India Supreme Court declares coal licences illegal

A worker unloads coal from a goods train at a railway yard in the northern Indian city of Chandigarh India is one of the largest producers of coal in the world

Related Stories

India's Supreme Court has ruled that all coal mining licences awarded between 1993 and 2010 are illegal.

Successive governments gave rights to mine coal to state and private companies in a manner which was "not fair and transparent" and without competitive bidding, the court said.

The court will now examine whether 218 such licences should be cancelled.

India's federal auditors say the country lost $210bn (£134bn) because coalfield rights were sold off cheaply.

"All coal block allocations since 1993 till 2010 before pre-auction era have been done in an illegal manner," the Supreme Court was quoted as saying by the Press Trust of India news agency.

A 2012 report by the Comptroller and Auditor General (CAG) into the sale of coalfields had said private and state companies had benefited from the allocations.

Opposition politicians accused the then Congress government of "looting the country" by selling coalfields to companies without competitive bidding.

But Monday's Supreme Court ruling has implications for most of India's main political parties which governed India between 1993 and 2010, including the current Bharatiya Janata Party (BJP)-led government, reports the BBC's Soutik Biswas in Delhi.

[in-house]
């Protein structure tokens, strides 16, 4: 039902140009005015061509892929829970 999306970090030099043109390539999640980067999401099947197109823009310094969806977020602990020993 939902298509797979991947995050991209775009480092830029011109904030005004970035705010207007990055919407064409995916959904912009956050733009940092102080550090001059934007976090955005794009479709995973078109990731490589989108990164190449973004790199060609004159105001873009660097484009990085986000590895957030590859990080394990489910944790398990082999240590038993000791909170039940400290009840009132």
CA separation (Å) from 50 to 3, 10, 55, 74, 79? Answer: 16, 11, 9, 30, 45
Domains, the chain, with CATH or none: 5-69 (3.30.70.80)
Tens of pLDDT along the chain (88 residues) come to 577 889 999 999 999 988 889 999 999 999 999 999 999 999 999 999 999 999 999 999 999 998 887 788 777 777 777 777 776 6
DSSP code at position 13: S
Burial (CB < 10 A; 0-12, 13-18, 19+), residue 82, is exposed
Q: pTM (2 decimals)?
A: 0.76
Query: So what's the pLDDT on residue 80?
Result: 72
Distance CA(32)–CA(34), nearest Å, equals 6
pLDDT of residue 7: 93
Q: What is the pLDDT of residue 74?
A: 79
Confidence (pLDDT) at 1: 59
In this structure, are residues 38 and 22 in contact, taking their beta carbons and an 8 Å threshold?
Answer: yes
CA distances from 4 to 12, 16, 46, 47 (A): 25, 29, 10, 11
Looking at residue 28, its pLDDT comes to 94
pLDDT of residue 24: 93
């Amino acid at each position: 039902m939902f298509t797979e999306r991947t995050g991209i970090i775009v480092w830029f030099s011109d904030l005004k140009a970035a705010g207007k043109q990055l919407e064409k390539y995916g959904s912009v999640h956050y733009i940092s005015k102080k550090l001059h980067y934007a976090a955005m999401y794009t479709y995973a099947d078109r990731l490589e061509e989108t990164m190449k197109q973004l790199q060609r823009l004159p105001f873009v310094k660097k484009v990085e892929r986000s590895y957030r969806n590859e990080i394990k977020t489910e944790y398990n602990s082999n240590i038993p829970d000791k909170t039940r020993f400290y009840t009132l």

India is one of the largest producers of coal in the world and more than half of its commercial energy needs are met by coal.

The coal-rich regions includes huge swathes of eastern states like Orissa, Jharkhand and Chhattisgarh, and pockets in the central and southern parts of the country.

Large areas containing coal are divided into blocks, which can then be leased to mining companies.

Correspondents say mining has become a source of massive corruption in India after the country opened up mining to private companies without strong and independent regulation.

Mining is going on in some of the coalfields affected by Monday's ruling - others are still lying idle.

The court has yet to decide whether the licences should be cancelled.

More on This Story

Related Stories

The BBC is not responsible for the content of external Internet sites

More India stories

RSS

Features

  • Peaky Blinders publicity shotBrum do

    Why is the Birmingham accent so difficult to mimic?


  • Oliver CromwellA brief history

    The 900 year story behind the creation of a UK parliament


  • Image of Ankor Wat using lidarJungle Atlantis

    How lasers have revealed an ancient city beneath the forest


  • TheatreBard taste? Watch

    Are trailer videos on social media spoiling theatre?


  • Agents with the US Secret Service, such as this one, are responsible for guarding the presidentHard at work

    White House break-in adds to Secret Service woes


BBC © 2014 The BBC is not responsible for the content of external sites. Read more.

This page is best viewed in an up-to-date web browser with style sheets (CSS) enabled. While you will be able to view the content of this page in your current browser, you will not be able to get the full visual experience. Please consider upgrading your browser software or enabling style sheets (CSS) if you are able to do so.